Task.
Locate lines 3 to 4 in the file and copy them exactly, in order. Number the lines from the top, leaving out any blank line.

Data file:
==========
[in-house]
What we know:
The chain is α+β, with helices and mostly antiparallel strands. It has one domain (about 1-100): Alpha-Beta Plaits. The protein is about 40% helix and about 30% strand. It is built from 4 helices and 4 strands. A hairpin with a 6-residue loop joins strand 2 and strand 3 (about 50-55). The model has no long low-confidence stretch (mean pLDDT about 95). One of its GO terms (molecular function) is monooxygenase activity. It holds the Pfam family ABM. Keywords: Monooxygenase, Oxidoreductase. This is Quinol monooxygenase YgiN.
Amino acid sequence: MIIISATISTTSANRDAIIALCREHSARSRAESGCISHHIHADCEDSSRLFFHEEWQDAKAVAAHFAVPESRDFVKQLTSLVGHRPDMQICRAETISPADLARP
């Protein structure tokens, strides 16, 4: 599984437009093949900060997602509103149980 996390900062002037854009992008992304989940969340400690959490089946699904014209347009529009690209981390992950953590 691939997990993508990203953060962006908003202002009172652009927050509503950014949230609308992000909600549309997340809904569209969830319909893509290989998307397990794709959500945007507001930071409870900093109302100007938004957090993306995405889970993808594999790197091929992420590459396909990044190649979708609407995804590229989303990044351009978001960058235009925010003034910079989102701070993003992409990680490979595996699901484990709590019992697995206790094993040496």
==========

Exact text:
The chain is α+β, with helices and mostly antiparallel strands. It has one domain (about 1-100): Alpha-Beta Plaits. The protein is about 40% helix and about 30% strand. It is built from 4 helices and 4 strands. A hairpin with a 6-residue loop joins strand 2 and strand 3 (about 50-55). The model has no long low-confidence stretch (mean pLDDT about 95). One of its GO terms (molecular function) is monooxygenase activity. It holds the Pfam family ABM. Keywords: Monooxygenase, Oxidoreductase. This is Quinol monooxygenase YgiN.
Amino acid sequence: MIIISATISTTSANRDAIIALCREHSARSRAESGCISHHIHADCEDSSRLFFHEEWQDAKAVAAHFAVPESRDFVKQLTSLVGHRPDMQICRAETISPADLARP